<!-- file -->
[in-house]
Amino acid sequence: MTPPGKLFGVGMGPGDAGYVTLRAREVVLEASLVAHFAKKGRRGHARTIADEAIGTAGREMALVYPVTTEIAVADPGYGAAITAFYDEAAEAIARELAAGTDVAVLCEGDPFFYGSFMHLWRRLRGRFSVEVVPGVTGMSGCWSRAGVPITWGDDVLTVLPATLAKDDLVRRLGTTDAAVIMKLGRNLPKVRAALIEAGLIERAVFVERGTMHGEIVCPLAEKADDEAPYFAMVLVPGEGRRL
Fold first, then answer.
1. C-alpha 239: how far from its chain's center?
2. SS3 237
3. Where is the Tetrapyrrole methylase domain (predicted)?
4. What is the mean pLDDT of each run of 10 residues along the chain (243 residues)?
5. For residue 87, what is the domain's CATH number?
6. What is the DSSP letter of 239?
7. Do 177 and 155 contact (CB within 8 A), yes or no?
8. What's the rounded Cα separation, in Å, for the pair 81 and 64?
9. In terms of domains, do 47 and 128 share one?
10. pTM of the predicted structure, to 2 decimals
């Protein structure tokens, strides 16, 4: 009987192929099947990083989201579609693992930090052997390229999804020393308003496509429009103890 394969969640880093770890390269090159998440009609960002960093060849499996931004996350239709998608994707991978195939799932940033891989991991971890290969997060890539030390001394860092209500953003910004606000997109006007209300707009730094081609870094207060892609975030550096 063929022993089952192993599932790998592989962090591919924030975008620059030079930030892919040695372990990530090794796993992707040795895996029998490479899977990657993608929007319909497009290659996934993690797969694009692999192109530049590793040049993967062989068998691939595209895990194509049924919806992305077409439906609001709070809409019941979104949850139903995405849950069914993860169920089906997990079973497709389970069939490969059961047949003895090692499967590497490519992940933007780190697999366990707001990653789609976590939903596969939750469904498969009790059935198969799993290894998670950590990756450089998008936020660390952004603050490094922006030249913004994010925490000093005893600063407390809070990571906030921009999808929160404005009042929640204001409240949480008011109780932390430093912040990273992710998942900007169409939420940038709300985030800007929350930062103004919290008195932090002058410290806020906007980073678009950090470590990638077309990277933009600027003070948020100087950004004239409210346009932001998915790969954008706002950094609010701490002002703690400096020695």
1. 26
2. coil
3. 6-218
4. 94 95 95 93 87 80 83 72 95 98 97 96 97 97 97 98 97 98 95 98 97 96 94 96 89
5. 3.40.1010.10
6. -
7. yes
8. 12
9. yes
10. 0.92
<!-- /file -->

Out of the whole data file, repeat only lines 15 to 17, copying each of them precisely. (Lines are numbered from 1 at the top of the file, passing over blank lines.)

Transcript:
1. 26
2. coil
3. 6-218